Caşın, a 65-year-old professor and former military officer, is a member of Turkey’s Presidential Security and Foreign Policy Board advising Erdoğan on strategic matters.
Levent Kenez, the Swedish-based editor of Nordic Monitor, was also tracked by Turkey’s intelligence agency, which leaked his private information to the media back home. Bülent Keneş, former editor-in-chief of Today’s Zaman, which was shut down by the Erdoğan government; purged police chief and former security advisor of Nordic Monitor Murat Çetiner; and investigative journalist Cevheri Güven, who resides in Germany, were also recently targeted by the intelligence agency.
Head of the Swedish Journalists Union Ulrika Hyllert called on the Swedish government to protect Turkish journalists in an article for the Swedish Expressen daily on October 31, 2022.
“By using Sweden’s NATO membership as a hostage, President Erdoğan now wants to stifle the critical voices that are still heard from Sweden. Here, the Swedish government must clearly take a position in favor of freedom of expression.
“The journalists who are being hunted by Erdoğan in Sweden must be protected by the Swedish authorities. Sweden must stop pretending that the demands that Turkey puts forward in the negotiations rest on democratic foundations.
“We demand that the government in the talks with Turkey stand up for the protection of human rights in a way that befits a democracy like Sweden,” she wrote.
In 2021 the Swedish Supreme Court rejected a request from Turkey for Kenez’s extradition, ruling that Turkey’s allegations against him did not contain the element of a crime under Swedish law. The high court also stated that if Kenez returned to Turkey, he would face the risk of persecution.
The Supreme Court ruled that Kenez’s journalistic activity as editor-in-chief of the Meydan daily would not correspond to a crime under Swedish law, contrary to Turkey’s allegations, even if his newspaper were to have had links to a particular designated organization, referring to the Gülen movement, a group critical of Erdoğan.
The high court also pointed out that extradition cannot take place because of descent, belonging to a certain social group or religious or political opinions and added that the risk of persecution in the foreign state is another obstacle to approving extradition requests.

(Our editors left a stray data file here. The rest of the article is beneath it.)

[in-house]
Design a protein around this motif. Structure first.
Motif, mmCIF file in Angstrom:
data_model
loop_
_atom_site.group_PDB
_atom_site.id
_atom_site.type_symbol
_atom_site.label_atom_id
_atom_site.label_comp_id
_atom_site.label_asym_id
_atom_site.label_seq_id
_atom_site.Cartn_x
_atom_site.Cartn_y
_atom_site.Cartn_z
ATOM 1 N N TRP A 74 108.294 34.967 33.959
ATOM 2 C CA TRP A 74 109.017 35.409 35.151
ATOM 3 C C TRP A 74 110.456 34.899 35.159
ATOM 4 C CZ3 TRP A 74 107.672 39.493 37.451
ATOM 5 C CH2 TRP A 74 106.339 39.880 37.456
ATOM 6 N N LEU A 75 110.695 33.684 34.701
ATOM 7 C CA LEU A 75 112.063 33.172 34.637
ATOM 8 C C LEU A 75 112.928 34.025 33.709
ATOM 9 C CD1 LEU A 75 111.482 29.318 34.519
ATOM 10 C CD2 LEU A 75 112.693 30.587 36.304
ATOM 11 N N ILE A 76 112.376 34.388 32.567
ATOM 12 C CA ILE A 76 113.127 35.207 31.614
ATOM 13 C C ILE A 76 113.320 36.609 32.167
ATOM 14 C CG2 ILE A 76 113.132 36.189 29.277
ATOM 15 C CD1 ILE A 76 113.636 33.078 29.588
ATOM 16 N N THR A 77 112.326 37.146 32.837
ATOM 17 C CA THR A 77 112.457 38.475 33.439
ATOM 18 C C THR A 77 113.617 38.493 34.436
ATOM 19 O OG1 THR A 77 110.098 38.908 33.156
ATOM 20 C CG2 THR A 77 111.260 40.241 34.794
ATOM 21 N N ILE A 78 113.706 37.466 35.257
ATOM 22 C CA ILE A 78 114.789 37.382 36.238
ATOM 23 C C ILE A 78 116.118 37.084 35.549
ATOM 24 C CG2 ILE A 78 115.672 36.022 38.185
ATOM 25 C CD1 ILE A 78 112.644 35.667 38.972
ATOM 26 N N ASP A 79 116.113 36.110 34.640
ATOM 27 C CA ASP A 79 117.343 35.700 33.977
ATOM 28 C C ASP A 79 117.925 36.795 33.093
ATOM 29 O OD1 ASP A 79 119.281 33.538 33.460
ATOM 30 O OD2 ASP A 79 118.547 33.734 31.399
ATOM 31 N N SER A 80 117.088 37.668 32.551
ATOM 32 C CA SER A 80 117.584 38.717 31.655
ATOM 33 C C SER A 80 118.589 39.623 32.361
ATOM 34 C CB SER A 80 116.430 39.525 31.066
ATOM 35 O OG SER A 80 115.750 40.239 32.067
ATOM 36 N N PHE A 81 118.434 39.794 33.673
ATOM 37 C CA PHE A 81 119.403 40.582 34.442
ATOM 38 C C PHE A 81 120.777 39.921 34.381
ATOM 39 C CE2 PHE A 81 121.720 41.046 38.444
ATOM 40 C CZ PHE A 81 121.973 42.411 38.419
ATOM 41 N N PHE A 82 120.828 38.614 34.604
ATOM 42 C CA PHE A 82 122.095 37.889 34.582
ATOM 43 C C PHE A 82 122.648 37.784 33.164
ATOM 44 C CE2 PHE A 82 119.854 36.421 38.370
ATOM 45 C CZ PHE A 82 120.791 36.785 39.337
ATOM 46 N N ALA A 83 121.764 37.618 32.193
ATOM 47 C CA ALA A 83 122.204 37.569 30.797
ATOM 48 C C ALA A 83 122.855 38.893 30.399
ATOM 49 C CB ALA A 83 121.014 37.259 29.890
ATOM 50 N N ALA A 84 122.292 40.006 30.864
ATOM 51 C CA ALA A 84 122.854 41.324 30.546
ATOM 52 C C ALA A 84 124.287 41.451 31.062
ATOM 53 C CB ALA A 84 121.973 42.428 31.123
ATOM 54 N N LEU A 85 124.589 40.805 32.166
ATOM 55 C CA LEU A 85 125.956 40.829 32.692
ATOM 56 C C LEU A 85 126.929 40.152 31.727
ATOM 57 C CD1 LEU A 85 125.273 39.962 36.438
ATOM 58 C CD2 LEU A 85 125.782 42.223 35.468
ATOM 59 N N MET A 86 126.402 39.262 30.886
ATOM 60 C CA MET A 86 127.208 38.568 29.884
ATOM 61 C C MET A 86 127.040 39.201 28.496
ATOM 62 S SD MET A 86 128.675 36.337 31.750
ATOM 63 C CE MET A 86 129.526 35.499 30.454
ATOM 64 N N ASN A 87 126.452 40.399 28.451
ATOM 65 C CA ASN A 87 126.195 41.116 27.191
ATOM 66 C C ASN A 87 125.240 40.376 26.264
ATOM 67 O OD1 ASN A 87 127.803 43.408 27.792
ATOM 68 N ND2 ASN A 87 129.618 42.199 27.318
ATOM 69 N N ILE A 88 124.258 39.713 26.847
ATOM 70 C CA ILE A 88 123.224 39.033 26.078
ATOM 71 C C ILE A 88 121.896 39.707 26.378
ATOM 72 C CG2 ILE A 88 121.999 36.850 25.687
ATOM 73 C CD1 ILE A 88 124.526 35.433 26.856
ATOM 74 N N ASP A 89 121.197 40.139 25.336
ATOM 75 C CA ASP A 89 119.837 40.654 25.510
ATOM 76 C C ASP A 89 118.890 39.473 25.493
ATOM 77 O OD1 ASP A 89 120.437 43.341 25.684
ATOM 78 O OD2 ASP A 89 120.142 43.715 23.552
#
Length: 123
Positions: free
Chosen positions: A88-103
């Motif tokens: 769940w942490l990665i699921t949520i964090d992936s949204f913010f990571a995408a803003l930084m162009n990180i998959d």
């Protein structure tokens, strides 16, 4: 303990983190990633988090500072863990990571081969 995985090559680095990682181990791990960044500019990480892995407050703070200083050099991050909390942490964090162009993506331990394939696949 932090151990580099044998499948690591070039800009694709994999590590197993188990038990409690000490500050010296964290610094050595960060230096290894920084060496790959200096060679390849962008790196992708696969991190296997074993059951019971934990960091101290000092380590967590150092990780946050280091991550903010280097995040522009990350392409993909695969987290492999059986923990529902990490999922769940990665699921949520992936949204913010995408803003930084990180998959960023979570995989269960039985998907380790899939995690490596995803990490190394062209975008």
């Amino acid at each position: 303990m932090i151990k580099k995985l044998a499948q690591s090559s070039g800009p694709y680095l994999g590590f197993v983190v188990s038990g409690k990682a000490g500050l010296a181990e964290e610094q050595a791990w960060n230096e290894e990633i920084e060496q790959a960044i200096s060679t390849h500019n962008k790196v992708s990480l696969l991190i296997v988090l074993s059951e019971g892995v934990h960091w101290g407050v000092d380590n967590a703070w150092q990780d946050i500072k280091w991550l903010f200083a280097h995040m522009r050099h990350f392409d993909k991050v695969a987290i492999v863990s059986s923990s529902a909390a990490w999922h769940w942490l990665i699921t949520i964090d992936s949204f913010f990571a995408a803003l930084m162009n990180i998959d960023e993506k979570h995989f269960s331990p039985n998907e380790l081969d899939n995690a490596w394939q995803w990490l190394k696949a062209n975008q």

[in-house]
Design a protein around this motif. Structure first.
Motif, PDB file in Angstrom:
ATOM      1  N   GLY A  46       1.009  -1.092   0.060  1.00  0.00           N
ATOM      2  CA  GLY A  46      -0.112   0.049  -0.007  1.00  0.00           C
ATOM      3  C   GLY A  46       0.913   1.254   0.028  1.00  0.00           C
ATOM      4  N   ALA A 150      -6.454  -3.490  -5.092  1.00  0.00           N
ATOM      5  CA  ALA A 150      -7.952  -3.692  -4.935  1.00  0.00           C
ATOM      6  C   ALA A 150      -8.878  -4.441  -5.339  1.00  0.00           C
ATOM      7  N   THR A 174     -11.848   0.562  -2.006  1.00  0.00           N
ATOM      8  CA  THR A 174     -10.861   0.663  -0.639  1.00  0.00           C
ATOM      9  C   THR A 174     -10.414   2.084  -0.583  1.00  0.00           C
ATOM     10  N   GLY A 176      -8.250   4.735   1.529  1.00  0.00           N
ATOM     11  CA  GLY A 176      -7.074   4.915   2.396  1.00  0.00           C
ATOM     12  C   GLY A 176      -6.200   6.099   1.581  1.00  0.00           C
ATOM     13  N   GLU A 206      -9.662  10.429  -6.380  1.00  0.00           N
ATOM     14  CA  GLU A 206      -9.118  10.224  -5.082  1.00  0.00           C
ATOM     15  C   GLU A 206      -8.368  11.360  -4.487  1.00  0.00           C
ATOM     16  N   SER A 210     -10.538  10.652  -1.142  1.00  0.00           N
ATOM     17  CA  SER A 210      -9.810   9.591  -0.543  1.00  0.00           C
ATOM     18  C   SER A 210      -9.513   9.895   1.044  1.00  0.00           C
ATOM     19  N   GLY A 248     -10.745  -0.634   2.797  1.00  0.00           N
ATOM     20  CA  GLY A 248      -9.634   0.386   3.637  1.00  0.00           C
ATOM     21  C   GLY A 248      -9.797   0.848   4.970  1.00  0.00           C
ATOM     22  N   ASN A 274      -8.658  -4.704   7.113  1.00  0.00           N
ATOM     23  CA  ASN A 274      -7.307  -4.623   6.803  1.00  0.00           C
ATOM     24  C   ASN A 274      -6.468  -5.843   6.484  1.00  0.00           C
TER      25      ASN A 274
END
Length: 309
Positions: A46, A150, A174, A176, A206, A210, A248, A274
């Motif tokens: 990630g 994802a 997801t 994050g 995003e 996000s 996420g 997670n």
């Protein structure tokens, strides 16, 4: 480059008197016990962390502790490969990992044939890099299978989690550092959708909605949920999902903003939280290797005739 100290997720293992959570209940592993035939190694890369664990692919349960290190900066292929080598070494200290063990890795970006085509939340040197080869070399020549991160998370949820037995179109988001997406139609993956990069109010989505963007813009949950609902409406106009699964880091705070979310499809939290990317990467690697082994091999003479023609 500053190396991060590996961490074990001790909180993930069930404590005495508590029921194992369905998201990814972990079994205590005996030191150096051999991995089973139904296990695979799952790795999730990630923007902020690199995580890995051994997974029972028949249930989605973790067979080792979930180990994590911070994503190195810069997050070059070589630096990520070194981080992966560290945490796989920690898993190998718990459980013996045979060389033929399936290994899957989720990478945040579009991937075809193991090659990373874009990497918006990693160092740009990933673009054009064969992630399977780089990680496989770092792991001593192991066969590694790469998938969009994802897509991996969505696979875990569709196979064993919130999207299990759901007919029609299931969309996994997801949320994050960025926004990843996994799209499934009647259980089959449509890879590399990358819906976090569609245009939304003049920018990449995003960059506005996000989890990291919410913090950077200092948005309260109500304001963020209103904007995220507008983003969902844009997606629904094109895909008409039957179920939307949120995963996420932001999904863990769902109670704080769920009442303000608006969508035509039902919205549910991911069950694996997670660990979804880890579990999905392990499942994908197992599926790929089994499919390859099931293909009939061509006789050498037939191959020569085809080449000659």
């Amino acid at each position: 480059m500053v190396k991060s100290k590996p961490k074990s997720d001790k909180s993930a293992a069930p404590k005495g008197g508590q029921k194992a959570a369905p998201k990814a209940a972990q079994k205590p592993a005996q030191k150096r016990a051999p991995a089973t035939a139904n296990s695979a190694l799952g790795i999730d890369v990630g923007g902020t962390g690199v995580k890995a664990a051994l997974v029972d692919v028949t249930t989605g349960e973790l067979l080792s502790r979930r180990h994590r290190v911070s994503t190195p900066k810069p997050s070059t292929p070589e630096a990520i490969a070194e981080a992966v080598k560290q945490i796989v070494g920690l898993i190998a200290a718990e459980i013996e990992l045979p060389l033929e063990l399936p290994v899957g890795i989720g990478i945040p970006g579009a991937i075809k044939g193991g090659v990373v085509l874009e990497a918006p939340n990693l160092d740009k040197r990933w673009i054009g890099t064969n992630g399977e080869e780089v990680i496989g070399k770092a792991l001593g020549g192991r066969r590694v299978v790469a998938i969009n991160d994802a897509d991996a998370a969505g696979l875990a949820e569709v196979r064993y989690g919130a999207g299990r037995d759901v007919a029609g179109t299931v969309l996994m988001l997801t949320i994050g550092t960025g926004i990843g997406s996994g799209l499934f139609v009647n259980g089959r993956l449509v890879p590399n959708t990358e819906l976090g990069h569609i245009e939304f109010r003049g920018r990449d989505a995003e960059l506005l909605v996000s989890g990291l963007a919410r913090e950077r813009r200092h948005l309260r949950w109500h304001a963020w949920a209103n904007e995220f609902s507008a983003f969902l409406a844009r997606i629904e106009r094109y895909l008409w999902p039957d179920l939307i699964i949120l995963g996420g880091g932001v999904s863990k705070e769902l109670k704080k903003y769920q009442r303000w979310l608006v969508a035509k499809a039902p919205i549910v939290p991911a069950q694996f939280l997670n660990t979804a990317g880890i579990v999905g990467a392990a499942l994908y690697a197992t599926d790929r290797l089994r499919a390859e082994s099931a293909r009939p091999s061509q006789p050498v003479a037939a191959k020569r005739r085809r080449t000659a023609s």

The court also referred to Kenez’s political refugee status, which was granted due to the risk of persecution.
Kenez was the former editor-in-chief of the Meydan daily, which was illegally shut down by the Turkish government in 2016. He was briefly detained during a police raid on its headquarters in İstanbul following a controversial coup attempt in 2016. A new arrest warrant was issued the day after his release. Kenez had to flee Turkey by crossing the Evros River to Greece to avoid the risk of prosecution and arbitrary arrest. He has since then been living in exile in Sweden.
In the same report MIT chief Fidan further admitted to expansive transnational repression by the agency and said, “[M]ore than 100 members of the [Gülen movement] from different countries were brought to Turkey as a result of the [agency’s] increased operational capacity abroad.” In recent years, the Erdoğan government has employed extralegal methods to secure the return of its critics after its official extradition requests were denied.
Erdoğan has been targeting followers of the Gülen movement, inspired by Turkish Muslim cleric Fethullah Gülen, since the corruption investigations of December 17-25, 2013, which implicated then-prime minister Erdoğan, his family members and his inner circle. Dismissing the investigations as a Gülenist coup and conspiracy against his government, Erdoğan designated the movement as a terrorist organization and began to target its members.
A report by the Stockholm Center for Freedom released in October 2021 and titled “Turkey’s Transnational Repression: Abduction, Rendition and Forcible Return of Erdoğan Critics” focused on how the Turkish government under President Erdoğan has used extrajudicial and illegal methods for the forcible transfer to Turkey of its citizens abroad. In several of these cases the UN Working Group on Arbitrary Detention (WGAD) concluded that the arrest, detention and forced transfer to Turkey of Turkish nationals was arbitrary and in violation of international human rights norms and standards.
Representatives of the Belgian-based law firm Van Steenbrugge Advocaten (VSA), the Turkey Tribunal VZW nongovernmental organization and European judges association Magistrats Européens pour la Démocratie et les Libertés (MEDEL) announced at a news conference in The Hague on March 1 that they had sent a communication to the International Criminal Court (ICC) that includes evidence of crimes against humanity committed in Turkey.
The communication alleges that Turkish officials have committed crimes of “torture,” “enforced disappearances,” “imprisonment in violation of fundamental rules of international law” and “persecution,” which are crimes against humanity as defined by Article 7 of the Rome Statute.
The communication to the ICC includes 463 individual statements of torture relating to 800 persons and 59 cases of extraterritorial and domestic enforced disappearance relating to 109 persons.